Skip to main content

Getting started

An overview of Bootstrap, including how to download and use it, some basic templates and examples, and more.


Bootstrap follows common web standards and—with minimal extra effort—can be used to create sites that are accessible to those using AT.

Component requirements

Some common HTML elements are always in need for basic accessibility enhancements through roles and Aria attributes. Below is a list of some of the most frequently used ones.

Heads up! As we go through the alphas, we’ll be moving more accessibility notes here with links to specific sections from other areas of the docs.

Button groups

In order for assistive technologies–such as screen readers–to convey that a series of buttons is grouped, an appropriate role attribute needs to be provided. For button groups, this would be role="group", while toolbars should have a role="toolbar".

In addition, groups and toolbars should be given an explicit label, as most assistive technologies will otherwise not announce them, despite the presence of the correct role attribute. In the examples provided here, we use aria-label, but alternatives such as aria-labelledby can also be used.

Skip navigation

If your navigation contains many links and comes before the main content in the DOM, add a Skip to main content link before the navigation (for a simple explanation, see this A11Y Project article on skip navigation links). Using the .sr-only class will visually hide the skip link, and the .sr-only-focusable class will ensure that the link becomes visible once focused (for sighted keyboard users).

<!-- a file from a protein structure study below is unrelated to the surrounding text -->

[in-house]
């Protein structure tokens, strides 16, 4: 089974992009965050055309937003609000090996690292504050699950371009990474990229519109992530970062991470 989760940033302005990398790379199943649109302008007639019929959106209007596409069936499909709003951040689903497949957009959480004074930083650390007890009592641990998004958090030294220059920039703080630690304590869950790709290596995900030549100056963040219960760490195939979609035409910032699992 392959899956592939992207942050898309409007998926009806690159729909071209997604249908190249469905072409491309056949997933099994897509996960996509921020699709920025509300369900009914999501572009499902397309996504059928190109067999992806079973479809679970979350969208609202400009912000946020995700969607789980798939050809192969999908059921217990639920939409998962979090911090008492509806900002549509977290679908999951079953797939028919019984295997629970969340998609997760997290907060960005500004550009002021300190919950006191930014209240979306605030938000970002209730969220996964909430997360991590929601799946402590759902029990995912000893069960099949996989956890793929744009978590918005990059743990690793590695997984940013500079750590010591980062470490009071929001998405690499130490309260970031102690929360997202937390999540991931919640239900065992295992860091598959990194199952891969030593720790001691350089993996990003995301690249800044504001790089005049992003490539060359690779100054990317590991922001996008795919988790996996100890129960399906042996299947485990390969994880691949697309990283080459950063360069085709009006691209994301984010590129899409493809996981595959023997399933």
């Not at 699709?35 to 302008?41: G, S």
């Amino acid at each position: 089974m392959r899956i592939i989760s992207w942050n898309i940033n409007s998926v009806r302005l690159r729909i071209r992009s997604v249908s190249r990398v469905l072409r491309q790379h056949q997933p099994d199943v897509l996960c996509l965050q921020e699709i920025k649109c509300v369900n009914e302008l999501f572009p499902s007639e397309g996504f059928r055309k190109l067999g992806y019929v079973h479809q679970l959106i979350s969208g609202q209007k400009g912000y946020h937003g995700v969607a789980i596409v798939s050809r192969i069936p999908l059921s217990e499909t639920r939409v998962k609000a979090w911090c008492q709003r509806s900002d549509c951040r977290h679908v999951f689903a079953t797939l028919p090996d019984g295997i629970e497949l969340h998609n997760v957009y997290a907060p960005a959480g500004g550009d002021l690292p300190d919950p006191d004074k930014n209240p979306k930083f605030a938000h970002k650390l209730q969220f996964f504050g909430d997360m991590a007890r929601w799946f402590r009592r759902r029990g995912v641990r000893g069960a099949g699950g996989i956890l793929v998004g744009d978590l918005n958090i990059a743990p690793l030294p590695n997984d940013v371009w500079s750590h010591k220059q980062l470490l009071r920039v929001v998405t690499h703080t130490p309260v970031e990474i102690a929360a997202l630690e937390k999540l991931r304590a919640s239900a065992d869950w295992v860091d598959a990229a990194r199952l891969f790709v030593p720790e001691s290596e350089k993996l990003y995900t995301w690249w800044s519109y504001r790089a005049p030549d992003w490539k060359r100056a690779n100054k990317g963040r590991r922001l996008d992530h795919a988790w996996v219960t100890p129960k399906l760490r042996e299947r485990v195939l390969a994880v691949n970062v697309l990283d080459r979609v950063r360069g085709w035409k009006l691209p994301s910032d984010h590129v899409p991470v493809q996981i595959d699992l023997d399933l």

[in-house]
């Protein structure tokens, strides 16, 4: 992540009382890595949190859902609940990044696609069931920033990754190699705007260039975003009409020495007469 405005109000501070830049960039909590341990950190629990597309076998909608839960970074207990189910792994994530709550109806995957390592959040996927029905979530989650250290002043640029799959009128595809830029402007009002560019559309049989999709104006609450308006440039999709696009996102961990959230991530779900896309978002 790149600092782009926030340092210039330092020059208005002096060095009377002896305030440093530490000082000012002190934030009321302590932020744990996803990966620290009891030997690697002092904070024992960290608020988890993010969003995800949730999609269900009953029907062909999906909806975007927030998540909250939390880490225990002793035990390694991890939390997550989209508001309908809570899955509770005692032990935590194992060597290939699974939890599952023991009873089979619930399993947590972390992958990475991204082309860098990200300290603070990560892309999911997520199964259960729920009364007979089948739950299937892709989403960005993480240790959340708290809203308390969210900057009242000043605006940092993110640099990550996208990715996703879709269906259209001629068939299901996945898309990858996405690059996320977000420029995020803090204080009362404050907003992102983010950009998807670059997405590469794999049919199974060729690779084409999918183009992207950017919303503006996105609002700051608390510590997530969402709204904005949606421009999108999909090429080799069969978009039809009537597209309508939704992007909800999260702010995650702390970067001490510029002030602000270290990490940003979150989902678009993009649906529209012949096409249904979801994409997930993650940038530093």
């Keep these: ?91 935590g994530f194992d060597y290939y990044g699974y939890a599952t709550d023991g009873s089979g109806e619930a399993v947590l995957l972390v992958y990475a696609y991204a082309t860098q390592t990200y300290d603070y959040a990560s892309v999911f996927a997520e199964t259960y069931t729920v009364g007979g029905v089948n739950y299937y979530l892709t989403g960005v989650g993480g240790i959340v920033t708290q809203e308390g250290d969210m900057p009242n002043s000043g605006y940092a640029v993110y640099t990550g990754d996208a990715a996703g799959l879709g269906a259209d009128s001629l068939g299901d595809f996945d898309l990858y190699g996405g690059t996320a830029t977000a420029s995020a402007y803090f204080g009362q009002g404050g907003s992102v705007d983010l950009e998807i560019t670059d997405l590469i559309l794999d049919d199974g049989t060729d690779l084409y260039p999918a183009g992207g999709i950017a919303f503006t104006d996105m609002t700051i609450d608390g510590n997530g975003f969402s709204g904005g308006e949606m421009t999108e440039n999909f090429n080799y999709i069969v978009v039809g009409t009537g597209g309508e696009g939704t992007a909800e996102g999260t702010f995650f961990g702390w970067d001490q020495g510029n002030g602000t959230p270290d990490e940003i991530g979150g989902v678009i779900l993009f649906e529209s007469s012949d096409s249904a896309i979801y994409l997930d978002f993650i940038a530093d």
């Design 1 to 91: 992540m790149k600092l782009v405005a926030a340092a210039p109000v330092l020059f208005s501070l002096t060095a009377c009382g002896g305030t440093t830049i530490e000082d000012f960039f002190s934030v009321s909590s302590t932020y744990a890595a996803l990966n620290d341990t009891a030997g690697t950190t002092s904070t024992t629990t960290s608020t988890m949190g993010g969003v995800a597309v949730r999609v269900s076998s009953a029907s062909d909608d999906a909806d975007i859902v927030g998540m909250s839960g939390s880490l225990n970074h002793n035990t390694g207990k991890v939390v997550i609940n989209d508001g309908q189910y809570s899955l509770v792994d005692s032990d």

Due to long-standing shortcomings/bugs in Chrome (see issue 454172 in the Chromium bug tracker) and Internet Explorer (see this article on in-page links and focus order), you will need to make sure that the target of your skip link is at least programmatically focusable by adding tabindex="-1".

In addition, you may want to explicitly suppress a visible focus indication on the target (particularly as Chrome currently also sets focus on elements with tabindex="-1" when they are clicked with the mouse) with #content:focus { outline: none; }.

Note that this bug will also affect any other in-page links your site may be using, rendering them useless for keyboard users. You may consider adding a similar stop-gap fix to all other named anchors / fragment identifiers that act as link targets.

  <a href="#content" class="sr-only sr-only-focusable">Skip to main content</a>
  <div class="container" id="content" tabindex="-1">
    <!-- The main page content -->

Nested headings

When nesting headings (<h1> - <h6>), your primary document header should be an <h1>. Subsequent headings should make logical use of <h2> - <h6> such that screen readers can construct a table of contents for your pages.

Learn more at HTML CodeSniffer and Penn State’s Accessability.

Additional resources